Institution
Glasgow Caledonian University
Scientific title
HEADS:UP (Helping Ease Anxiety and Depression following Stroke) psychological self-management intervention: non-randomised pilot study followed by a randomised cluster pilot trial.
Principal Investigator
Dr Maggie Lawrence
Year awarded
2018
Region
Grant value
£365,376.00
Research ID
SA PPA 18\100011
Research area
Start date
Monday 3 June 2019
End date
Friday 3 June 2022
Duration
3 years
Status
Active

Anxiety and depression are common after stroke. As many as a third of stroke survivors may suffer from depression, and psychological problems are common amongst carers. In the past few years, there has been a focus on the importance of psychological health for stroke survivors and their families/carers. However, there are currently few long-term family-centred treatment options to help people manage the psychological consequences of stroke.

Mindfulness, the practice of being aware of your body, mind, and feelings in the present moment, is an increasingly popular technique to help people manage their psychological health. Mindfulness Based Stress Reduction (MBSR) courses use meditation to increase people’s levels of mindfulness and teach skills to help self-manage anxiety and depression. Although some people find MBSR helpful, research has shown that many do not complete a full course.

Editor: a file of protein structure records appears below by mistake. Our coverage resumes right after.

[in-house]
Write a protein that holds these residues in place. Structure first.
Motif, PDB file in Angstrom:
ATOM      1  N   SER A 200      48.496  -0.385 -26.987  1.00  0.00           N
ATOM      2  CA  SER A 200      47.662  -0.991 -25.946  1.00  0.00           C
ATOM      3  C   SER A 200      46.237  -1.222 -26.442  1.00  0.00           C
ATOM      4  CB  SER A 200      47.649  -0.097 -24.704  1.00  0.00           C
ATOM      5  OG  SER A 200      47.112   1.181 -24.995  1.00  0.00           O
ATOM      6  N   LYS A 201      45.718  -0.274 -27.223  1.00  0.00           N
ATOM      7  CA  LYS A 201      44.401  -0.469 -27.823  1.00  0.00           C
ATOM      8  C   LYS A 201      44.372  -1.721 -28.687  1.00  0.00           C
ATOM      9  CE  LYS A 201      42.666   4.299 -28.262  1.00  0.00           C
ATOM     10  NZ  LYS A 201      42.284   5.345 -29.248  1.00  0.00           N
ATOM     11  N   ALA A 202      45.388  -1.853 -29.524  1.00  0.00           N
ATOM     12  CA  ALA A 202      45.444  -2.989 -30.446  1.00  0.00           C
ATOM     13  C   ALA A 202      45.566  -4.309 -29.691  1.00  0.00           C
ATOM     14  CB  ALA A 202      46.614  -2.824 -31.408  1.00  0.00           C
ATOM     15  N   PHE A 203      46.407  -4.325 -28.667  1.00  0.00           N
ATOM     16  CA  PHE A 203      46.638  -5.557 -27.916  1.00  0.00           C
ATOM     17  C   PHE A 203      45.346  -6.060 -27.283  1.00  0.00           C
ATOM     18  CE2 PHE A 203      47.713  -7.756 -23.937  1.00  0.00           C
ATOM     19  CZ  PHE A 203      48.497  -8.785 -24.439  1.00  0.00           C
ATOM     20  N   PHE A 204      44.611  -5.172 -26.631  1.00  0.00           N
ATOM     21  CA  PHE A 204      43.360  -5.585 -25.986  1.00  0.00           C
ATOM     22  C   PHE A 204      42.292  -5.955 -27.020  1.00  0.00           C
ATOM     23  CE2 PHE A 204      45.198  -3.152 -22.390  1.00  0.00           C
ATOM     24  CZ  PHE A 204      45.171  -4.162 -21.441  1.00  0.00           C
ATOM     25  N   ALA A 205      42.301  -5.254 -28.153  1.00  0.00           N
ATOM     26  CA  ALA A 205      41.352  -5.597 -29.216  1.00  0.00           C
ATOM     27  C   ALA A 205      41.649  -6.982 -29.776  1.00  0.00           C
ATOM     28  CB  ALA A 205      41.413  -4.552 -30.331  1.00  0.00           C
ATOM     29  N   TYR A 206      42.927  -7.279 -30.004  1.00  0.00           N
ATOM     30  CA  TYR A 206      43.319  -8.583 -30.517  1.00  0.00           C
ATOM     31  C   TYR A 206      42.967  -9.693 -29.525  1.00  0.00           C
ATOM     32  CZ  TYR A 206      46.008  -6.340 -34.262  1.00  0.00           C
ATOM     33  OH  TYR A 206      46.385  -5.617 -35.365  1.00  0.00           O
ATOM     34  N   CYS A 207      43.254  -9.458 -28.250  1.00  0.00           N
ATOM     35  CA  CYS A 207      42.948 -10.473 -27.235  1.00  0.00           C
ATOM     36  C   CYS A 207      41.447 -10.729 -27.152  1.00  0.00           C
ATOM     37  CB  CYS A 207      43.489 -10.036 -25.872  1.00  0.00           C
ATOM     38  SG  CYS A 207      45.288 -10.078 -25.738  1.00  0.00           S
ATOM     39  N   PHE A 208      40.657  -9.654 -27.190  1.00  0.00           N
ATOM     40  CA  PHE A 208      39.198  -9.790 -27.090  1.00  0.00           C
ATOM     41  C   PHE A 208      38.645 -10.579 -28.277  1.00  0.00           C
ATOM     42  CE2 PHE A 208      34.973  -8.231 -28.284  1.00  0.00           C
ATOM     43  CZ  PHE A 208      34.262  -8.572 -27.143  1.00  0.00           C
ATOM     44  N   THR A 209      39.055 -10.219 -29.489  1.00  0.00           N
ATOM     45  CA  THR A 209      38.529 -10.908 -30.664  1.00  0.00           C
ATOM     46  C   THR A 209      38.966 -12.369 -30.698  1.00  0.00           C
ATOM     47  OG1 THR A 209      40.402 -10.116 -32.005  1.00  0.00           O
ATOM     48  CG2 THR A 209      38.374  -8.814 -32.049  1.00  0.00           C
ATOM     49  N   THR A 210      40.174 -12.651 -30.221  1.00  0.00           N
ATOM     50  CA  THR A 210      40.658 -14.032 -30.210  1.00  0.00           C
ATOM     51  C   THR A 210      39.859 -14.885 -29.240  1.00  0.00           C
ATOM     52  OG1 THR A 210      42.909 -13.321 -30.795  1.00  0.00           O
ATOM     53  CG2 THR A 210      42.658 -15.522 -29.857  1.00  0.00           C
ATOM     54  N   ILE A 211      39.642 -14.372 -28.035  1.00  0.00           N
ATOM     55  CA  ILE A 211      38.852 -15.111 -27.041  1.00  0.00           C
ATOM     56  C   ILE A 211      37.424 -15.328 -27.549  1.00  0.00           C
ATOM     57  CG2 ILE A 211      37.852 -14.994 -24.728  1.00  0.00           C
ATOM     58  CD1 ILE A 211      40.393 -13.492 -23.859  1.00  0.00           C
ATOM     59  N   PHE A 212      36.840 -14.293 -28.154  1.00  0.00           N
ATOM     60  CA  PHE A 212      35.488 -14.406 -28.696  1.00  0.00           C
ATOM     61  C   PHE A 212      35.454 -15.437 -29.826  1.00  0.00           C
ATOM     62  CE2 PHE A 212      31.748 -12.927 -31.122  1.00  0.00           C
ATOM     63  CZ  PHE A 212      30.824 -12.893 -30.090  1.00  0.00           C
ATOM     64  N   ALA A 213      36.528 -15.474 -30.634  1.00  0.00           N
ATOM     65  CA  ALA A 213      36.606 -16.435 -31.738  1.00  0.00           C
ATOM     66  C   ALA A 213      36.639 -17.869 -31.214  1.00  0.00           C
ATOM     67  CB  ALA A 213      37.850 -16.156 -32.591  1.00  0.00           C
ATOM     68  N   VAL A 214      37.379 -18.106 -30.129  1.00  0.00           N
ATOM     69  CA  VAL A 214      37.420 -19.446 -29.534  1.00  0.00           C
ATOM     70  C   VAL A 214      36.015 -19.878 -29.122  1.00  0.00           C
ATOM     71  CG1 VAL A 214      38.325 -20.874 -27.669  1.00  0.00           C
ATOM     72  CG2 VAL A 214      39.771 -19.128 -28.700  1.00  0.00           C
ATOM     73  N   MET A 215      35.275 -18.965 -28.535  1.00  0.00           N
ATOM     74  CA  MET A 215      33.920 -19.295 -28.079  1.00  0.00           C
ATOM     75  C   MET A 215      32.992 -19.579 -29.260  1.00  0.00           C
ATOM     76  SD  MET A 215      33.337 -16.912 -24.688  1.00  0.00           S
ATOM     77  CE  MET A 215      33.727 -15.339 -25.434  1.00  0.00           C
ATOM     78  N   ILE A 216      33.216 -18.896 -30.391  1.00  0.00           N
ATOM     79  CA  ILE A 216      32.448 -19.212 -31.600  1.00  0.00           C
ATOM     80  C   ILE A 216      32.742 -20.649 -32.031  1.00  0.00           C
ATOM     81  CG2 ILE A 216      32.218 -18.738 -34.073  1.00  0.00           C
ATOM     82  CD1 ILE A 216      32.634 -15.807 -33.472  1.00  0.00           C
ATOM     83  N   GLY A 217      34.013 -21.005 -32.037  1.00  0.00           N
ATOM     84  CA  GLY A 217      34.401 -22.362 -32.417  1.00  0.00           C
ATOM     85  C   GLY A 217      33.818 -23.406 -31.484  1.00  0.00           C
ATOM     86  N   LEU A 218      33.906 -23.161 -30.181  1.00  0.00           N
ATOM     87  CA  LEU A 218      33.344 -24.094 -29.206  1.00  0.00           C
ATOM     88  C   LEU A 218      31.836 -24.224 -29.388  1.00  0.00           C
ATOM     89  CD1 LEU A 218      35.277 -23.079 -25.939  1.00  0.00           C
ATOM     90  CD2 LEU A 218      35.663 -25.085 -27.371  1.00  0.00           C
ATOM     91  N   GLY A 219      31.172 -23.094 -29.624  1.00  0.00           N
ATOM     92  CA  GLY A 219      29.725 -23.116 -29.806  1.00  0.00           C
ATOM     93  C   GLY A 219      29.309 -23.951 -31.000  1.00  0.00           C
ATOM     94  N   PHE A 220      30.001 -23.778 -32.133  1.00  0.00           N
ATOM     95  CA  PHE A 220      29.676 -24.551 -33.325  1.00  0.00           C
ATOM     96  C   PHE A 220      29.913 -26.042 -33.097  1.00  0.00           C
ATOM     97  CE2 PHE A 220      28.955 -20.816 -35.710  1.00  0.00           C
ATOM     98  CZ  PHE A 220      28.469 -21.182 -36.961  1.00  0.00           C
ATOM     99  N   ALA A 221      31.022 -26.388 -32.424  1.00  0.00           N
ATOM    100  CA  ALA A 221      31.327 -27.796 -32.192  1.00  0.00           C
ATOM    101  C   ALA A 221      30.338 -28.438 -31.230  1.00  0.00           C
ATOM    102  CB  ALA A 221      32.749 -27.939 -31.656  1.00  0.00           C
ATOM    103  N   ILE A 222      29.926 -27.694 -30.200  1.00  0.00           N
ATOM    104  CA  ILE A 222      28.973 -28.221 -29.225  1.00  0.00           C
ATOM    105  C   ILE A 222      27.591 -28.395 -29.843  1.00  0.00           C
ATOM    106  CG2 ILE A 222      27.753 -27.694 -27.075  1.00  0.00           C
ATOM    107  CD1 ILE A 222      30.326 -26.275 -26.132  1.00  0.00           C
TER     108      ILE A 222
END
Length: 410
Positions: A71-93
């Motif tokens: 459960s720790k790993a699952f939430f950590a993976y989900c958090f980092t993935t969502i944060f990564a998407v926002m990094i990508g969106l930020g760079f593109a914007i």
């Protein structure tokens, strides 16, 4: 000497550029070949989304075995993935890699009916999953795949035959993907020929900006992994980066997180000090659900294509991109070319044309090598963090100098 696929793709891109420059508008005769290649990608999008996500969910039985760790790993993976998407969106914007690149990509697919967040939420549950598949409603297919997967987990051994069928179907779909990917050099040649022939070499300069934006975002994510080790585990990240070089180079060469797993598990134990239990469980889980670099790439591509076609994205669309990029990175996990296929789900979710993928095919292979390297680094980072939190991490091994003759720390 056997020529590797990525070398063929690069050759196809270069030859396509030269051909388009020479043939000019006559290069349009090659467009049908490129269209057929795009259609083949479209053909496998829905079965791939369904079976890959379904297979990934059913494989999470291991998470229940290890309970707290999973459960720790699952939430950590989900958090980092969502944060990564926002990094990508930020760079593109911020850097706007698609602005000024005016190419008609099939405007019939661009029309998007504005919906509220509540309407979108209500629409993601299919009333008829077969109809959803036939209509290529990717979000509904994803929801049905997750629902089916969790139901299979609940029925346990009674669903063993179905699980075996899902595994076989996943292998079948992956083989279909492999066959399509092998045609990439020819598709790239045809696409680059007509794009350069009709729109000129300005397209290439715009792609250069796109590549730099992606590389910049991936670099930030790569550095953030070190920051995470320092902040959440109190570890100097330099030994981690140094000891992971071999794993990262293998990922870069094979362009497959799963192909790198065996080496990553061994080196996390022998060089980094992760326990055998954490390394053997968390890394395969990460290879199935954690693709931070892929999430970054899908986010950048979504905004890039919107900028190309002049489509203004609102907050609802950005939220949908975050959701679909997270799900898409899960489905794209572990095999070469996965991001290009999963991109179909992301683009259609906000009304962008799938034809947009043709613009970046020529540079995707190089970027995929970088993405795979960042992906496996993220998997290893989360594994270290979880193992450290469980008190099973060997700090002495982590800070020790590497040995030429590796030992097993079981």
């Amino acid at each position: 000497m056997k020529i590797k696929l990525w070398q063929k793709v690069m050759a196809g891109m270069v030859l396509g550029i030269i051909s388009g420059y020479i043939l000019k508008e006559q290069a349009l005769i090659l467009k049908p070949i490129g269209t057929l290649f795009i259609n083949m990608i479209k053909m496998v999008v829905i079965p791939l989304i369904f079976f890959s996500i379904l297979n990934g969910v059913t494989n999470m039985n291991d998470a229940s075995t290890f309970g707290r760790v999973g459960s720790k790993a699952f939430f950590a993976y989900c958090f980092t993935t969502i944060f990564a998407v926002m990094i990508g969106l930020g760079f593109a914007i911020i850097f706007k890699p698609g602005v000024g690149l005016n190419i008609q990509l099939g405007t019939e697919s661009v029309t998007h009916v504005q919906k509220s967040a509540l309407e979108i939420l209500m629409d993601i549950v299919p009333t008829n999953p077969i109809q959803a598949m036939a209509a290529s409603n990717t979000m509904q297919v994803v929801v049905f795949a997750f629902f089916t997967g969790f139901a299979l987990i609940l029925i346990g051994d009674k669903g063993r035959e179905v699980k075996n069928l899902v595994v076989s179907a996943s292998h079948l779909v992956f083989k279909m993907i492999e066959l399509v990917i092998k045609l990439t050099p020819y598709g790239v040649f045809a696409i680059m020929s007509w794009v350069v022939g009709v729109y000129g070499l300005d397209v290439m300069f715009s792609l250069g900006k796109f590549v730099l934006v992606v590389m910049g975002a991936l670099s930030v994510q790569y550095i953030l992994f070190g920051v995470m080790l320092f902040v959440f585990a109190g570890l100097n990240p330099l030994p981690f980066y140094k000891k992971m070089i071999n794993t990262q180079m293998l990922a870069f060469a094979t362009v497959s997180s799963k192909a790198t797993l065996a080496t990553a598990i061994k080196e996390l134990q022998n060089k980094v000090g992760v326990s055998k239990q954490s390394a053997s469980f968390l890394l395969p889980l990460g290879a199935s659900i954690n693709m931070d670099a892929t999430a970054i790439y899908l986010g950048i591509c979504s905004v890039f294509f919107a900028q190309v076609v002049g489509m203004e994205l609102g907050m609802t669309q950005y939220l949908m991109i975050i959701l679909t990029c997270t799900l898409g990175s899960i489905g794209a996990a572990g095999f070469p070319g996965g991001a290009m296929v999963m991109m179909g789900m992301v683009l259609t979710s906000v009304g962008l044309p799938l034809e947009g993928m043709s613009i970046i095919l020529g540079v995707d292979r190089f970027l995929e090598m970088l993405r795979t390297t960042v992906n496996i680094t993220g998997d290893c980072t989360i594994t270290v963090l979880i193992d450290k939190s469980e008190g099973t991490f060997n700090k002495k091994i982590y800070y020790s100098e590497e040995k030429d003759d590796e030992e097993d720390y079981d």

The research team have worked with people affected by stroke to make changes to the MBSR course that might help people affected by stroke follow the whole course. One change they have made is to train stroke survivors and family members/peers together so that they can support one another through the course.

HEADS:UP Study

This study will test the new course, called HEADS:UP. It will be divided into two parts. First, the researchers will first recruit a small number of people affected by stroke to take part in the HEADS:UP course. This part of the study will help the research team to understand if they need to make any more changes to the course before they test it in a larger group of people.

Then a larger number of people affected by stroke will take part in the HEADS:UP course. Participants will be randomly allocated into one of two groups: one group will receive the HEADS:UP course straight away, while those in the other group will start HEADS:UP after a wait of 6 months.

At this stage, the researchers will be looking at how well they can recruit people affected by stroke to take part in the study and how many people complete the course or drop out before the end. They will look at how well participants can complete the research questionnaires (which are used to measure things like anxiety and depression) before and after the study. Participants will be asked to keep a record of their home HEADS:UP practice so that the researchers can see how much participants practice individually, away from sessions. They will also look at whether HEADS:UP has an effect on participants’ anxiety and depression.

The results of this research will help to improve the HEADS:UP course and plan a larger study to find out if HEADS:UP helps people affected by stroke to self-manage anxiety and depression long-term.

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